Hypotheses related to Content Relevance in Web Personalization:
H2b: Users recall web content relevant to their processing goal faster and more accurately than they recall irrelevant web content.
H4b: Users accept offers associated with relevant web content to a larger extent than they accept offers associated with irrelevant web content.
Hypotheses related to Processing Goal Specificity:
H2c: There is a larger difference in recall accuracy and response time between relevant and irrelevant web content for users with more-specific processing goals than for those with less-specific processing goals.
Hypotheses related to Evaluation:
H5a: Users evaluate self-referent web content more highly than they evaluate non-self-referent web content.
H5b: Users evaluate relevant web content more highly than they evaluate irrelevant web content.
The controlled lab experiment focuses on the tree variables hypothesized to attract users’ attention, affect their level of cognitive processing, and bias their decisions. The field study is based on a music download site and lasting for 6 weeks. They examined users’ behaviors by analyzing their web activities. Contents of the music site were driven by a commercial personalization agent and all activities of the web site were logged for the entire 6-week period.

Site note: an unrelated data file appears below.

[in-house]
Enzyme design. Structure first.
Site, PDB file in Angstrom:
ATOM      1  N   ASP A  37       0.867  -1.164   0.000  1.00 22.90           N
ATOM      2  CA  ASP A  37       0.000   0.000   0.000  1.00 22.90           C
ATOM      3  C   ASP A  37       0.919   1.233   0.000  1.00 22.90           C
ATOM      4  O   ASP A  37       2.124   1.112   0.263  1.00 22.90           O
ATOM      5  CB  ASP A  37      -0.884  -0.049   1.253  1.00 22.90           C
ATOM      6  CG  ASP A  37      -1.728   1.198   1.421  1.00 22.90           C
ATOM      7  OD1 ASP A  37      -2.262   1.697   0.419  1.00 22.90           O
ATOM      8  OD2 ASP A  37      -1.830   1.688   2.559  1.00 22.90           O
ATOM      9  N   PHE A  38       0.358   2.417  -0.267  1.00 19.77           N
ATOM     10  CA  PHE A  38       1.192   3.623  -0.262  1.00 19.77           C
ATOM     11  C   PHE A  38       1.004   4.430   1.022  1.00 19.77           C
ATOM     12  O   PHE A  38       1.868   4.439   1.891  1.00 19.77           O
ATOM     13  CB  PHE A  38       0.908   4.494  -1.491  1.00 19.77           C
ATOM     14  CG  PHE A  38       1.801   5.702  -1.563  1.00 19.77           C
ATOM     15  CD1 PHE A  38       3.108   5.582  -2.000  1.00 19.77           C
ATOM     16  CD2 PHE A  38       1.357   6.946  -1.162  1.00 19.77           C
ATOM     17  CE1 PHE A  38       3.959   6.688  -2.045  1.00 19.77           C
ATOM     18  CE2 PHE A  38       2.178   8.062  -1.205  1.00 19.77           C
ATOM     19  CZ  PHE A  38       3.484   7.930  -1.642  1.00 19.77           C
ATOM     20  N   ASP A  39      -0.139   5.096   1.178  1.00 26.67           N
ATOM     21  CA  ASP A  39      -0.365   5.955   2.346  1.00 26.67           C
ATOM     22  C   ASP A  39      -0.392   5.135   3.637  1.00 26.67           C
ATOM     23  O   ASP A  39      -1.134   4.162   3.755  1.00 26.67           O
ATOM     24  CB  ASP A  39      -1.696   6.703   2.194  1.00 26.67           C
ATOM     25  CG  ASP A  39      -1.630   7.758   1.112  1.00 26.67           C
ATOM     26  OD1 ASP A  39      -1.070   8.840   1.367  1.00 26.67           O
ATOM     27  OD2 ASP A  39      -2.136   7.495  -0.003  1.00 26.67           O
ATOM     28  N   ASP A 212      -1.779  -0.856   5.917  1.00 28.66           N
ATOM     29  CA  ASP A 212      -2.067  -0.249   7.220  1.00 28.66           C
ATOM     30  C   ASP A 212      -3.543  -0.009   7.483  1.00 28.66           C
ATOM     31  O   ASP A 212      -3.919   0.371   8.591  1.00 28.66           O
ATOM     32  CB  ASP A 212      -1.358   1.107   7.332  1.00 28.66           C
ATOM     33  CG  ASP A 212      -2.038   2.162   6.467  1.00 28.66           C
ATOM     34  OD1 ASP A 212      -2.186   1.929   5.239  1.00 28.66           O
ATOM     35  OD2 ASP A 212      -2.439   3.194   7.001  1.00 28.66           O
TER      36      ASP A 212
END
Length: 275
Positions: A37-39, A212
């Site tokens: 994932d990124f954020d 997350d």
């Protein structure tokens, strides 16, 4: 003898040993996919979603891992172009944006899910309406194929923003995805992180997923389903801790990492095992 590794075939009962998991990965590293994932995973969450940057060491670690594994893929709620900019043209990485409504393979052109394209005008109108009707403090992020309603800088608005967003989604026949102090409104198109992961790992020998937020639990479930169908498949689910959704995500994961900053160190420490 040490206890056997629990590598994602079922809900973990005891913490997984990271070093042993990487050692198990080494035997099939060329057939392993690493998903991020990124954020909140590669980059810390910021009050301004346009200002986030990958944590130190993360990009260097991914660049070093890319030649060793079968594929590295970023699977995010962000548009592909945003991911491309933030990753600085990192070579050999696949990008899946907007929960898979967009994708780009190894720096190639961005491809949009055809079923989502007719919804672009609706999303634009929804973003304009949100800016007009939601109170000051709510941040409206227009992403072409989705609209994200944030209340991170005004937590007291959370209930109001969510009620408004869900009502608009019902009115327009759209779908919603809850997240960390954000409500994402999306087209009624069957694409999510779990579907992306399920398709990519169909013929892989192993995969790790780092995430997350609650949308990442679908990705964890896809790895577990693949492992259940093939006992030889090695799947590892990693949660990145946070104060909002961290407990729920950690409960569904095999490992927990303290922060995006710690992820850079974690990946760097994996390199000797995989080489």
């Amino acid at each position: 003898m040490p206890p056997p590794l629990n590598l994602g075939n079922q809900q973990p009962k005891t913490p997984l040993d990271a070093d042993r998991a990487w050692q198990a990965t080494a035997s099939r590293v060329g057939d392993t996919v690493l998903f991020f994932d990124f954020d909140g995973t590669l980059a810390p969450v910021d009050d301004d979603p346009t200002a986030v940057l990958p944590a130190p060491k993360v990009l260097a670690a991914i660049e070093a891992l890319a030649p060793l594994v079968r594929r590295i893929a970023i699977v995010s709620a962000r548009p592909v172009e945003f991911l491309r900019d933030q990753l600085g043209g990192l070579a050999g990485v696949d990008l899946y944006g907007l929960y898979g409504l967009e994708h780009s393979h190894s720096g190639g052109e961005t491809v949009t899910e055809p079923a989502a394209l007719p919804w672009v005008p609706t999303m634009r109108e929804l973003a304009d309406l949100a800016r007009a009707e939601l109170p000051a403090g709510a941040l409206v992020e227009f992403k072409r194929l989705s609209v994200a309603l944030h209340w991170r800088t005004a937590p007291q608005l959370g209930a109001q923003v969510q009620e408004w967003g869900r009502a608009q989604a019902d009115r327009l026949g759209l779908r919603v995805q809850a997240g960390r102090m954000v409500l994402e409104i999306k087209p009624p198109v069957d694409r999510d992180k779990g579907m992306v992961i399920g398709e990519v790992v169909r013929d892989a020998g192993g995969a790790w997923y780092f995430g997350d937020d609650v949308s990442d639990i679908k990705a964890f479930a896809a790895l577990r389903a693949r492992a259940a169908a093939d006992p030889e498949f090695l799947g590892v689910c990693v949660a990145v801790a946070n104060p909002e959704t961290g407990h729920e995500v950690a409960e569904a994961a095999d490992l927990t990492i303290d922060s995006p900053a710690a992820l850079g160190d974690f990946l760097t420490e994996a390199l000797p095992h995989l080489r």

4. Main Findings: The findings from the lab experiment and field study indicate that content relevance, self reference, and goal specificity affect the attention, cognitive processes, and decisions of web users in various ways. Also users are found to be receptive to personalized content and find it useful as a decision aid. Major findings are summarized in the table bellow. Only H2a is not supported (while content relevance leads to better re-call of the content, this is not obvious for self-relevance), and all other hypotheses are supported with statistical significance.